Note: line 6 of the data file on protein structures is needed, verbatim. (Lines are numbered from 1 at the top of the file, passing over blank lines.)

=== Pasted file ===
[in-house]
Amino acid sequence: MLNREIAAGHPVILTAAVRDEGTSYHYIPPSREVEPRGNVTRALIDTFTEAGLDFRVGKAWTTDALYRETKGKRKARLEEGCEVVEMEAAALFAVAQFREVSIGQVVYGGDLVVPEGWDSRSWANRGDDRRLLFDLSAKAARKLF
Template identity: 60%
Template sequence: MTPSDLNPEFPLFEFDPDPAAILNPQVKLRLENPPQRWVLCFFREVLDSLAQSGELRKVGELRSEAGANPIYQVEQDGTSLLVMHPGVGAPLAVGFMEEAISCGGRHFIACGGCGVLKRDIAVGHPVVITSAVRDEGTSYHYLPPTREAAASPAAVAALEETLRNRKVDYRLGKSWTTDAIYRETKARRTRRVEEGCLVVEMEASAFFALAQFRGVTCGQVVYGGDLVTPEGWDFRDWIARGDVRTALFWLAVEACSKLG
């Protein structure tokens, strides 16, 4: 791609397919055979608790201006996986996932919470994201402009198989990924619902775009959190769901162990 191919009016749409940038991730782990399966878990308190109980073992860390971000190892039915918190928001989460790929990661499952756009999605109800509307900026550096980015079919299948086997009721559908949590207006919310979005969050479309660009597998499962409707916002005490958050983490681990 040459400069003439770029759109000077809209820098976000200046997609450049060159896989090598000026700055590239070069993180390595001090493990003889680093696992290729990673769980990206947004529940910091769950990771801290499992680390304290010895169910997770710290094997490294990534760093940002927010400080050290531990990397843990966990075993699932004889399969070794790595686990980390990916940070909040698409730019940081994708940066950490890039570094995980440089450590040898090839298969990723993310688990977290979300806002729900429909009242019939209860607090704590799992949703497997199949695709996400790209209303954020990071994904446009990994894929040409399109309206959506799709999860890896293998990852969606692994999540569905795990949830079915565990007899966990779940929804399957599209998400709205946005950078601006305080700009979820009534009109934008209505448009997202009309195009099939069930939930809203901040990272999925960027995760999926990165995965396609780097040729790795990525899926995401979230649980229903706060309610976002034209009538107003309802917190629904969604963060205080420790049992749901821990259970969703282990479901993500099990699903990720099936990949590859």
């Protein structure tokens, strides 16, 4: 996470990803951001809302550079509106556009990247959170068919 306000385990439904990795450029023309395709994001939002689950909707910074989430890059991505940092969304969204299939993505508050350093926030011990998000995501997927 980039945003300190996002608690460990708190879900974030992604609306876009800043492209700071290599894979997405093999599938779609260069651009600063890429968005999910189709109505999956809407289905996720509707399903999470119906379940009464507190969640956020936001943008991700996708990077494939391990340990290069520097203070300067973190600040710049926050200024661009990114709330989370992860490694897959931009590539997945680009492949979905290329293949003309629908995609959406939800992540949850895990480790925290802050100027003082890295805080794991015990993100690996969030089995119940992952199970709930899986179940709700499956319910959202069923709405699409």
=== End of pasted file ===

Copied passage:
């Protein structure tokens, strides 16, 4: 996470990803951001809302550079509106556009990247959170068919 306000385990439904990795450029023309395709994001939002689950909707910074989430890059991505940092969304969204299939993505508050350093926030011990998000995501997927 980039945003300190996002608690460990708190879900974030992604609306876009800043492209700071290599894979997405093999599938779609260069651009600063890429968005999910189709109505999956809407289905996720509707399903999470119906379940009464507190969640956020936001943008991700996708990077494939391990340990290069520097203070300067973190600040710049926050200024661009990114709330989370992860490694897959931009590539997945680009492949979905290329293949003309629908995609959406939800992540949850895990480790925290802050100027003082890295805080794991015990993100690996969030089995119940992952199970709930899986179940709700499956319910959202069923709405699409």